Five Ways to Make your New Year’s Resolution Stick

Categories: Champion Moment, Community Engagement, Physically Active, Well Nourished

By Zile Jones, Keene State College Dietetic Intern

It’s that time of year again. The season to spend time with family, eat wonderful food and snuggle by the fireplace. It is also the time that many may realize their diet or activity level could use some changes.

What often follows the holiday season is the adoption of an unattainable New Year’s goal that is quickly dropped. The intentions are good, but a realistic goal is necessary to make sure that it is followed through.

Simply choosing “lose weight” or “exercise more” is so general and lofty that it can be difficult to adhere to. Do the New Year’s resolution right for 2016 and pick a specific goal that will help increase your health.

Here are some specific, attainable goals you might want to resolve to do in 2016:

  1.  Add a fruit or vegetable into your day.

Americans are only getting about half of what they should be for fruits and vegetables. You should pay more attention to how many you are getting because just five servings of fruits and vegetables daily equal a 29-39 percent reduced risk of death. To reap the benefits and keep it attainable add one in every day.

  1. Switch out refined bread products for whole grains.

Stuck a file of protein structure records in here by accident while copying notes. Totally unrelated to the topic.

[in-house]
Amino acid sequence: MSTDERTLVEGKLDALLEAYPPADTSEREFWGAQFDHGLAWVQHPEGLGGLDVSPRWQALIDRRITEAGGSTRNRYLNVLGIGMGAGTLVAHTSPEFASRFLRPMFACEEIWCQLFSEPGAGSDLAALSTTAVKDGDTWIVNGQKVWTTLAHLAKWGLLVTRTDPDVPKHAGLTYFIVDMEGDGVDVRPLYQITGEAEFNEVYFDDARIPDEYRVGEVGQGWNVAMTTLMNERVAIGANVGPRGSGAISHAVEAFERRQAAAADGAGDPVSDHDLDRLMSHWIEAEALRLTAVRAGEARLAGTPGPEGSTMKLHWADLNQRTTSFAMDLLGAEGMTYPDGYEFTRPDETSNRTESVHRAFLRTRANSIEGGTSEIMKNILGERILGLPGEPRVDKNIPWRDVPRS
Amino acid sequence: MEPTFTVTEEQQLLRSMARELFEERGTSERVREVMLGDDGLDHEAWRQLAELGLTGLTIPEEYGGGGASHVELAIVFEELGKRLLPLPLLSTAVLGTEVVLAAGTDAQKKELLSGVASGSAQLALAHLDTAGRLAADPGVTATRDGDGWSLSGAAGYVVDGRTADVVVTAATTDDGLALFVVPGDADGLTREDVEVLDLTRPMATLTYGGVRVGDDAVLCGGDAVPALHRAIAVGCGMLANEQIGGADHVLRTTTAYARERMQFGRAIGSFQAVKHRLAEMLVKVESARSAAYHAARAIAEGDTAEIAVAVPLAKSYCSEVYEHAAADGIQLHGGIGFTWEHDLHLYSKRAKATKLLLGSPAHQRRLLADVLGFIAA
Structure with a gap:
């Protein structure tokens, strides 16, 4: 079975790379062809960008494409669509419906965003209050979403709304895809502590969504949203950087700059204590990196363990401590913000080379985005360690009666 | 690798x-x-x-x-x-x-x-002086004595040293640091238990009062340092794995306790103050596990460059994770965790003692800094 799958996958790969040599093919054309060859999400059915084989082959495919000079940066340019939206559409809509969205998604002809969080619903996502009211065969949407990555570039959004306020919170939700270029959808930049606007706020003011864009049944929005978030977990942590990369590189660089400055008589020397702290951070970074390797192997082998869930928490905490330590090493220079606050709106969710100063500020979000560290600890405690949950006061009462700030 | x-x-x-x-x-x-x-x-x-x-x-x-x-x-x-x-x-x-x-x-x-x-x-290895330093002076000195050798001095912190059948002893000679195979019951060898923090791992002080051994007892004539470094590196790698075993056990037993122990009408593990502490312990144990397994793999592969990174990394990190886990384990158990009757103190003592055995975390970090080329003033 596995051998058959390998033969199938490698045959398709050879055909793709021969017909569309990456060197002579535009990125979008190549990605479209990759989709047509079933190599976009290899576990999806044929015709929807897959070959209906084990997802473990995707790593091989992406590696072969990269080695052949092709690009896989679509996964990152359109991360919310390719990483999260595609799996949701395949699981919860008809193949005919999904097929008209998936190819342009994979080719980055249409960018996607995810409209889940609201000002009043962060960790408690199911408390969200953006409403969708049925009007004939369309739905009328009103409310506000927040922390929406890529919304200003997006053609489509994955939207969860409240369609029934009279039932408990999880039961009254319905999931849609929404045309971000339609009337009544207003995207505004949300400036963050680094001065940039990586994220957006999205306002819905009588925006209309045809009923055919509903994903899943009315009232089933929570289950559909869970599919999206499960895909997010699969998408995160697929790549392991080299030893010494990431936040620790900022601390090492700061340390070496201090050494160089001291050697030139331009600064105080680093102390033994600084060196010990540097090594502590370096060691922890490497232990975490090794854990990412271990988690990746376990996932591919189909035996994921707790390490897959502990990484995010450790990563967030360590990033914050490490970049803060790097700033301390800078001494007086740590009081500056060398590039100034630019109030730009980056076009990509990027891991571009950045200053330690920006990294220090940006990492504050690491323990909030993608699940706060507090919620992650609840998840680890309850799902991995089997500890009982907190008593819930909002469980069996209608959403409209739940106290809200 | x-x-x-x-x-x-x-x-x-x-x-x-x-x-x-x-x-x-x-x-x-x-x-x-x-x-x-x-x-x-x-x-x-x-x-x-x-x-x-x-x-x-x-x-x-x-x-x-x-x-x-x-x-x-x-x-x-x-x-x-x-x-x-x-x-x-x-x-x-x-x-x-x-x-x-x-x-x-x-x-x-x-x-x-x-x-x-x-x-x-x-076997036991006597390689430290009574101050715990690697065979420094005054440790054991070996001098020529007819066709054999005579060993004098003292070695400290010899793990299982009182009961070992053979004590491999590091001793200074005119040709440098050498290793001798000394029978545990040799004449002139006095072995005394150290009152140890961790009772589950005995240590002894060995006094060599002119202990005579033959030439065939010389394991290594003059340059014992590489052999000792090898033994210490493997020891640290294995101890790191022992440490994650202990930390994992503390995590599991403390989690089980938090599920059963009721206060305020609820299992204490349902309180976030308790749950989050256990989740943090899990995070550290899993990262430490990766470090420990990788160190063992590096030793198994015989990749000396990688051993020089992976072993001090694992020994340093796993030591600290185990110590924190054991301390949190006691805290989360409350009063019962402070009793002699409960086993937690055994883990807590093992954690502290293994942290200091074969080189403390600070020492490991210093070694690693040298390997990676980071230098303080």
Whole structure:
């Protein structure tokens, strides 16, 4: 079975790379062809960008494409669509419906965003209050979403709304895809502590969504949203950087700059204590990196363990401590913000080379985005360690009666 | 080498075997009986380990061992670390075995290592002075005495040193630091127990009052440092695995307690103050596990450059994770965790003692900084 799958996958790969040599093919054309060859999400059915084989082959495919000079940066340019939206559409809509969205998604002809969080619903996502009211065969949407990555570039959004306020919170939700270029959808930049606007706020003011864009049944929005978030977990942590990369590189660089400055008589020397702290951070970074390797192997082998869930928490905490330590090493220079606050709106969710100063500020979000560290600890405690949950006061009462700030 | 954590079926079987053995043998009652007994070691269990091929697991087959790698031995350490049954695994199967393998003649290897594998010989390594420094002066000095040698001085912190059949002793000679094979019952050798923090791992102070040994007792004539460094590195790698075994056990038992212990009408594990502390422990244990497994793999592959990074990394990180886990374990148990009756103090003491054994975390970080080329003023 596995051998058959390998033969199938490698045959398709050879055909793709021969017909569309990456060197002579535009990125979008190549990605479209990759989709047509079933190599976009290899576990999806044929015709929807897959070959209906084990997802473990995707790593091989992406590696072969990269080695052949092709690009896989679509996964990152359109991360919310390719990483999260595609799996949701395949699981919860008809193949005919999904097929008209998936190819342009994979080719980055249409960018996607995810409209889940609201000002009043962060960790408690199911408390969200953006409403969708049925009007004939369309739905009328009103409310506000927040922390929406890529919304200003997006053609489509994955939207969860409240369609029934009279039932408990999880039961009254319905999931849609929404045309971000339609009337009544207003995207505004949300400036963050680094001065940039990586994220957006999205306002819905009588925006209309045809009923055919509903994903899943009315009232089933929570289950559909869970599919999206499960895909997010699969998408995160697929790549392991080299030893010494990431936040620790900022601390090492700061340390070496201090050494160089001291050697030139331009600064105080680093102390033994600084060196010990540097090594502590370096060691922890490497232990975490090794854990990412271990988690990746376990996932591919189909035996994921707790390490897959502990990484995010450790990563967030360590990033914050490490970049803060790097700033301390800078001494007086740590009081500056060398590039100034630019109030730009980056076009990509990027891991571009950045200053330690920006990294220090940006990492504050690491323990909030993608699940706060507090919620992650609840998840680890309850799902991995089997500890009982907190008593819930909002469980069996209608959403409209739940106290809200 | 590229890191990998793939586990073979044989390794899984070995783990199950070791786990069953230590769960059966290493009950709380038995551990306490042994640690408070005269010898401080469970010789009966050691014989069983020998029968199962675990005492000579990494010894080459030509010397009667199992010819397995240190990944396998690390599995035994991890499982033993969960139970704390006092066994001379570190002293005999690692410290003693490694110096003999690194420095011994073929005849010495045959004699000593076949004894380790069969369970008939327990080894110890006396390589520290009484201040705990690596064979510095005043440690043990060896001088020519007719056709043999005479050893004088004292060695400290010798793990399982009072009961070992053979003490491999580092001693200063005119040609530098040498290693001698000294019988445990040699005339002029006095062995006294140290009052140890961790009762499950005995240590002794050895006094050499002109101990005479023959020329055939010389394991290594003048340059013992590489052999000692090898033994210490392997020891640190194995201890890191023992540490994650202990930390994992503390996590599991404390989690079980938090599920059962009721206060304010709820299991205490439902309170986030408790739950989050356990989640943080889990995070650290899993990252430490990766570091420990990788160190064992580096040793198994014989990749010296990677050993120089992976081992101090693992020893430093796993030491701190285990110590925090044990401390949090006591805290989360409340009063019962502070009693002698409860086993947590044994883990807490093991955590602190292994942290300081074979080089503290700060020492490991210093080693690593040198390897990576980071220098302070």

Swapping just one serving a day can help reduce the risk for heart disease, diabetes, obesity and more. Replace white pasta, bread and crackers with the whole grain version. Use this opportunity to try out quinoa, wild rice and millet — which all count as whole grains.

  1. Incorporate an extra hour of exercise into your week.

As a nation, we are not moving enough. Exercise often comes last on our to-do lists and will end up getting missed. To keep this goal realistic add an hour into your week. That could be two 30 minutes YouTube fitness videos, or a few walks spaced out during the week. Do whatever works for you, just be sure to move!

  1. Get 15 more minutes of sleep a night.

Sleep plays an important role in good health and well-being throughout your life. Sleep deficiency has been linked with heart disease and it increases the risk of obesity. It is recommended that adults get seven to eight hours a sleep per night. If you are far off from that, make small changes to work toward it by making sure you are in bed 15 minutes earlier than you were the night before.

  1. Drink at least eight cups of water per day.

Water makes up 60 percent of our bodies. Drinking enough water is important to keep our basic bodily functions running smoothly. Be sure to drink water rather than sweetened beverages that could add excess calories into your diet.[Tweet “Don’t drink your calories! #2016resolutions #HM2020”]

Like these? What will you do? Share them with the Healthy Monadnock community and have a friend help you meet your goals.